In the 1980’s, destruction continues with Beijing’s Hutong. There were over 1800 Hutongs in the Qing Dynasty, 1900 Hutongs during the early 1900’s and from a survey in 1998, there are only 990 left. On average, one Hutong disappears every two days as Beijing continues to develop into a modern souls monster.
How can visitors fall in love with Beijing when the Chinese are the ones who destroy and disrespect their own culture. How interesting can it be for visitors who can’t even see any sign of this old historical city?
Liang passed away in 1972.
” There are many cities in the world that are growing and changing. We should not walk down the path of ruins and repeat other peoples’ mistakes. One day, you will see the problems in Beijing- from transport to industrial pollution to over population.”- Liang
He predicted the future. Beijing is now over populated and crowded. The government who destroyed their own city is slowly realising their mistake although publicly they would never admit any wrongdoing. For them to listen to suggestions is like asking a pig to fly. Some renovation is taking place but what is the point now? There are also talks of new urban changes. The government is thinking about relocating Beijing/ or parts of it to another place. That was what Liang proposed many many years ago (facepalm- IDIOTS!).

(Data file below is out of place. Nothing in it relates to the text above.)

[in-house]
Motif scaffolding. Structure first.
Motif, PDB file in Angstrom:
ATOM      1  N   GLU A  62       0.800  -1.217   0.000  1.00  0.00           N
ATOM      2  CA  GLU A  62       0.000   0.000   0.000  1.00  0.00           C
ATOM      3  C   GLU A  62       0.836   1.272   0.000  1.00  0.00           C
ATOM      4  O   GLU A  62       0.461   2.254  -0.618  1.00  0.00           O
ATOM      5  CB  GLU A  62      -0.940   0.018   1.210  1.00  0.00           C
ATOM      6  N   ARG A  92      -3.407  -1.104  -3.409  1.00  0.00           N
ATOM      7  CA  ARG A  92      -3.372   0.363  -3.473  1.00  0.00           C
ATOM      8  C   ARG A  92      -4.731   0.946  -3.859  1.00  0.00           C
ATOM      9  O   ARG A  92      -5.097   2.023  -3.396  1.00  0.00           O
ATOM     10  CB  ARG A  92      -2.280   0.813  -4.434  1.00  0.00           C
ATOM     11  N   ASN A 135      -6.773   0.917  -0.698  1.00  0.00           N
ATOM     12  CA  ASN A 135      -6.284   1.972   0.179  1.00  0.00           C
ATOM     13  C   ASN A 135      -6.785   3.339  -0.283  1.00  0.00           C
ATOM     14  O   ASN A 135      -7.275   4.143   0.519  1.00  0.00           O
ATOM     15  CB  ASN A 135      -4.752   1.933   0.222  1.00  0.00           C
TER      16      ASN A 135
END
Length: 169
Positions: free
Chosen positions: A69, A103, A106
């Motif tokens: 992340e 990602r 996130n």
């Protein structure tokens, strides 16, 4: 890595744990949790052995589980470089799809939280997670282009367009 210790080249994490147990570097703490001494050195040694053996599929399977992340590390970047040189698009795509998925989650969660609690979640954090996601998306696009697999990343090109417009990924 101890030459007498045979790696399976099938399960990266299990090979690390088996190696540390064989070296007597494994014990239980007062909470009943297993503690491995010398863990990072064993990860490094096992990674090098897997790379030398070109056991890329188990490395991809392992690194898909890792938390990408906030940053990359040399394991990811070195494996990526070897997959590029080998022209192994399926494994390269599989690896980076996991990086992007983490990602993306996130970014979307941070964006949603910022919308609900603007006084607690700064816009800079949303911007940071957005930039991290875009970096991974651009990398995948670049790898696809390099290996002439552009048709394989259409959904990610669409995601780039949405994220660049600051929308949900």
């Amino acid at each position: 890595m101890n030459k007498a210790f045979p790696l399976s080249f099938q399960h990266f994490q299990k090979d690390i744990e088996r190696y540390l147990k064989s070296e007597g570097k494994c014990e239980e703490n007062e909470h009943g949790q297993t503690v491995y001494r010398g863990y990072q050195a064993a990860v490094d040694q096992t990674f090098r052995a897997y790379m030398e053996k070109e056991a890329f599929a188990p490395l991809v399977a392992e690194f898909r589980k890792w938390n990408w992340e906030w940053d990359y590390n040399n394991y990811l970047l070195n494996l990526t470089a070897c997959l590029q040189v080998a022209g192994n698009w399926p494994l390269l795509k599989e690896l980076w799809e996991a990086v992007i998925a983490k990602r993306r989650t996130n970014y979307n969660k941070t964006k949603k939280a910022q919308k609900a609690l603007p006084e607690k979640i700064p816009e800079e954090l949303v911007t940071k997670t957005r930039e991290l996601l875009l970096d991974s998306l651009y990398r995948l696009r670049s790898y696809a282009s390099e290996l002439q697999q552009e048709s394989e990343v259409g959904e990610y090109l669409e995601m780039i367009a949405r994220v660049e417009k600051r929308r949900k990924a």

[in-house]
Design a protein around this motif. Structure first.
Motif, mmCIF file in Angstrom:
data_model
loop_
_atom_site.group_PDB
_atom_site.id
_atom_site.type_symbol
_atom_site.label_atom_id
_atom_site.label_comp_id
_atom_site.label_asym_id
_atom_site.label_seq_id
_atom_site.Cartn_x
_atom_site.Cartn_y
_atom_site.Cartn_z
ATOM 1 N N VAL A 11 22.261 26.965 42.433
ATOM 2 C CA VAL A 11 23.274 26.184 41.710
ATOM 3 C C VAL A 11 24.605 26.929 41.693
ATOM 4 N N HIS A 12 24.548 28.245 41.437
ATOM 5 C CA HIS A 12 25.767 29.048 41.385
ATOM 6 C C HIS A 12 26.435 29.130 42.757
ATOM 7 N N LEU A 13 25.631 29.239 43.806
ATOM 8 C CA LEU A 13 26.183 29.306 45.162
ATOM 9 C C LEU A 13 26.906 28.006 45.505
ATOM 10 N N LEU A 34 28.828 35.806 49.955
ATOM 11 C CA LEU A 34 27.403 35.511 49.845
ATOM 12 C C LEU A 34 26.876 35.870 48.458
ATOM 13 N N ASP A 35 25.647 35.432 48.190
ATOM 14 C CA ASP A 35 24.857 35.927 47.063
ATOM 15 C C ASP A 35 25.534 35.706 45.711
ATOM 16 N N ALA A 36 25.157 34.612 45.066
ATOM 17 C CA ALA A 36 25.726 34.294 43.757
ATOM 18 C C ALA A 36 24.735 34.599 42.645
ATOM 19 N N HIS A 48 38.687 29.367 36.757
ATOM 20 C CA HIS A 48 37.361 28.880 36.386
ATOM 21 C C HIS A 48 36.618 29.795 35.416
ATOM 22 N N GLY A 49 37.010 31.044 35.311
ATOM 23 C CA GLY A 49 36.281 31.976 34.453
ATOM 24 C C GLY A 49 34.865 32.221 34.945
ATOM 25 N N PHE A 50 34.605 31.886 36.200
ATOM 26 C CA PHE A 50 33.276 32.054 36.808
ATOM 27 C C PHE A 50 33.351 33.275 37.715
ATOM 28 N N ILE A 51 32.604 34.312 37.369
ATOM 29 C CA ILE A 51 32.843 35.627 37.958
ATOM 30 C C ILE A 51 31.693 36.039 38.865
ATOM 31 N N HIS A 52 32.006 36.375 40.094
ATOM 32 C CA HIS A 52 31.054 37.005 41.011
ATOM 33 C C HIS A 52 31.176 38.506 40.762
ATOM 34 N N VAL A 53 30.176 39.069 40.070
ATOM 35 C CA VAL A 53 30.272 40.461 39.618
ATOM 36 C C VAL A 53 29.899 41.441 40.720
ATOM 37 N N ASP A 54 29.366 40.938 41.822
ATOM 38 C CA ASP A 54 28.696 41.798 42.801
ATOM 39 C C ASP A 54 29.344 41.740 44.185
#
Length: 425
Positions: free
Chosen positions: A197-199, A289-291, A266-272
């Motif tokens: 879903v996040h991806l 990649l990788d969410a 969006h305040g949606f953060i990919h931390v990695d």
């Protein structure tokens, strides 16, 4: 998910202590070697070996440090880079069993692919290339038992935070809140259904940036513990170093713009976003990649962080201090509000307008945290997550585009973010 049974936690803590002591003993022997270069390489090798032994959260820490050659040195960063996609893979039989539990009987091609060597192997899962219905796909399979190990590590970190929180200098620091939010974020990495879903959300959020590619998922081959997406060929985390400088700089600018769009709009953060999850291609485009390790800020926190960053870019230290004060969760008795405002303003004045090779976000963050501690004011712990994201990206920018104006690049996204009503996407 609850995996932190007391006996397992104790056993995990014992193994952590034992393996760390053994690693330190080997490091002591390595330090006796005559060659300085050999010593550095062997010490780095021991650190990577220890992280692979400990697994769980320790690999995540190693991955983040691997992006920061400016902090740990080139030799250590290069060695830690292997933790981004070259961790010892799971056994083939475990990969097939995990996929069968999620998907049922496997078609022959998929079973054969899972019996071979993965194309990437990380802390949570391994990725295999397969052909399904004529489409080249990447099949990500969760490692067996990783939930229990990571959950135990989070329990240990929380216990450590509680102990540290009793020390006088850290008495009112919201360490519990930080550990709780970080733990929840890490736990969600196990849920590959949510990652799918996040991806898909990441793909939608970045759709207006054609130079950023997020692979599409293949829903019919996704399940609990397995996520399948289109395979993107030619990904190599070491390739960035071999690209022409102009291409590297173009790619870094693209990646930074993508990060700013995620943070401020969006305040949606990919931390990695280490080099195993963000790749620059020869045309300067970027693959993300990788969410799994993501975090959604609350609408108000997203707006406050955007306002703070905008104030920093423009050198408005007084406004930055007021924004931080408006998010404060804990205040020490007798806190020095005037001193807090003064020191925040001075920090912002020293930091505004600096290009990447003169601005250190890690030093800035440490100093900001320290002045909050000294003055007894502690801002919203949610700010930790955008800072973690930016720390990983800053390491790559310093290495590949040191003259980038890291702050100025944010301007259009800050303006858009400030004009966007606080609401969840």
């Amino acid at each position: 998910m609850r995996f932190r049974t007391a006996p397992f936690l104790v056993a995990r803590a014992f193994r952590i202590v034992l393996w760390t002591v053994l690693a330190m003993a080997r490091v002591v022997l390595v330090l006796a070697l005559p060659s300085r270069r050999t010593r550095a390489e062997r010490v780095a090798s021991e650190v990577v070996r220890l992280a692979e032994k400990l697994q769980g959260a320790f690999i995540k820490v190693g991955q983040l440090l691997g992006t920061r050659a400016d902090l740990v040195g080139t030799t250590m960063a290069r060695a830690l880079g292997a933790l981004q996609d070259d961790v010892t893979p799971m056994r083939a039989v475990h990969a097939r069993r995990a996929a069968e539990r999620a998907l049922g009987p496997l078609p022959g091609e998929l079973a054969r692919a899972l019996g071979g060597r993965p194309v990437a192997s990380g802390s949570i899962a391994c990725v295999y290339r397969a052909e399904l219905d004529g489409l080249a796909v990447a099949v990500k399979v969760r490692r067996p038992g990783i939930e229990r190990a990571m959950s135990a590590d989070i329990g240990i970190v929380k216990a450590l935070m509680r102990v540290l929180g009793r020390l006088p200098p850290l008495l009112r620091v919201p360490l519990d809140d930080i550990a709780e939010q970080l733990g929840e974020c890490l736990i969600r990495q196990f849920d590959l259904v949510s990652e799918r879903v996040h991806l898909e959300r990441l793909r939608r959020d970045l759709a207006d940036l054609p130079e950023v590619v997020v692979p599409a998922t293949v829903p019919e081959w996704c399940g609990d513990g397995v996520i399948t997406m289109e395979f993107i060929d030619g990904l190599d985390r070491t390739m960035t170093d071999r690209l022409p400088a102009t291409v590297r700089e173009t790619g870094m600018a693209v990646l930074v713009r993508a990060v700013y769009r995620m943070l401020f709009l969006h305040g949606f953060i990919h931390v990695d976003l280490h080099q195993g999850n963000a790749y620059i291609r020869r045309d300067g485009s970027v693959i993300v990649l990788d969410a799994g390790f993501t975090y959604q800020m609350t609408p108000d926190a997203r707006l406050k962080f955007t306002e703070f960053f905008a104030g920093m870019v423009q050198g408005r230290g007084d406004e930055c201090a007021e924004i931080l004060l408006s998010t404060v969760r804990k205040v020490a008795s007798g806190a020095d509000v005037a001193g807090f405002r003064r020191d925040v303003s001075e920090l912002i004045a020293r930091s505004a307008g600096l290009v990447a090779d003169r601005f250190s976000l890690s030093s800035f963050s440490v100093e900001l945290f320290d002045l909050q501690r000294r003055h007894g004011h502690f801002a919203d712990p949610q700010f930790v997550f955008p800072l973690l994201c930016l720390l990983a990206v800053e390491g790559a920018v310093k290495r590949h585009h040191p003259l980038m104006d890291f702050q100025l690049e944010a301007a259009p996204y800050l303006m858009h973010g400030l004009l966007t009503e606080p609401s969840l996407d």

It is too late.
I might sound very anti-china. Let me clarify one thing: China is the country, the history and culture …not the government. I’m not fond of any governments but I will always love China. I fear that it is going down the crapper.
It saddens me that his own people didn’t get what he was trying to do. Now, it’s far too late to stop the disaster that Beijing has turned into – one big urban nightmare. The thousand-year old historical landmarks that was demolished to make way for messy metros, skyscrapers, uniform looking squares and fancy mall sickens me.
Beijing is no longer the same Beijing and China is no longer the same China. Nara and Kyoto remains well-preserved. The irony! A Chinese who can’t even save his own nation’s capital city because of dumb politicians- such pathetic self-destruction!
Thank you Mr Liang for you efforts and I’m sorry that people lacked the foresight to respect you. You are obviously too advanced for those idiots.
I wish I could trade either Kyoto or Nara in for Old Beijing.
I’d rather see this old chaotic Beijing than ridiculous skyscrapers and tasteless high-rise buildings.
Of one whose hand, like the base Indian, threw a pearl away richer than all his tribe